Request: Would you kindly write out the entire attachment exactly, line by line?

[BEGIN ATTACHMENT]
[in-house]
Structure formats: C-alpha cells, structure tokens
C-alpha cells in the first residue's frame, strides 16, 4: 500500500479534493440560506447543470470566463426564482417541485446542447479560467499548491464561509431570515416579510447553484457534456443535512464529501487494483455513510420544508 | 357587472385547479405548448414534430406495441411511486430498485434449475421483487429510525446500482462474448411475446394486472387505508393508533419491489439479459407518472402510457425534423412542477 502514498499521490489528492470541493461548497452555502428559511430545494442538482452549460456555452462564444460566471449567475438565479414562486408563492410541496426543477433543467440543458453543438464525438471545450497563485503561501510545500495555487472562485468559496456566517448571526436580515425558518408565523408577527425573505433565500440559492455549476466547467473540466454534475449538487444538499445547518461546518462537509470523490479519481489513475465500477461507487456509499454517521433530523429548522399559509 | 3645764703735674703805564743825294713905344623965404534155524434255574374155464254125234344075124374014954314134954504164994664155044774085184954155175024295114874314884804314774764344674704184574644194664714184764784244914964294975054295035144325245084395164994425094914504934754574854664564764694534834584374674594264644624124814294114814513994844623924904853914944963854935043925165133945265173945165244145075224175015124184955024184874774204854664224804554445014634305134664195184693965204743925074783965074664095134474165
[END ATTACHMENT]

[in-house]
Structure formats: C-alpha cells, structure tokens
C-alpha cells in the first residue's frame, strides 16, 4: 500500500479534493440560506447543470470566463426564482417541485446542447479560467499548491464561509431570515416579510447553484457534456443535512464529501487494483455513510420544508 | 357587472385547479405548448414534430406495441411511486430498485434449475421483487429510525446500482462474448411475446394486472387505508393508533419491489439479459407518472402510457425534423412542477 502514498499521490489528492470541493461548497452555502428559511430545494442538482452549460456555452462564444460566471449567475438565479414562486408563492410541496426543477433543467440543458453543438464525438471545450497563485503561501510545500495555487472562485468559496456566517448571526436580515425558518408565523408577527425573505433565500440559492455549476466547467473540466454534475449538487444538499445547518461546518462537509470523490479519481489513475465500477461507487456509499454517521433530523429548522399559509 | 3645764703735674703805564743825294713905344623965404534155524434255574374155464254125234344075124374014954314134954504164994664155044774085184954155175024295114874314884804314774764344674704184574644194664714184764784244914964294975054295035144325245084395164994425094914504934754574854664564764694534834584374674594264644624124814294114814513994844623924904853914944963854935043925165133945265173945165244145075224175015124184955024184874774204854664224804554445014634305134664195184693965204743925074783965074664095134474165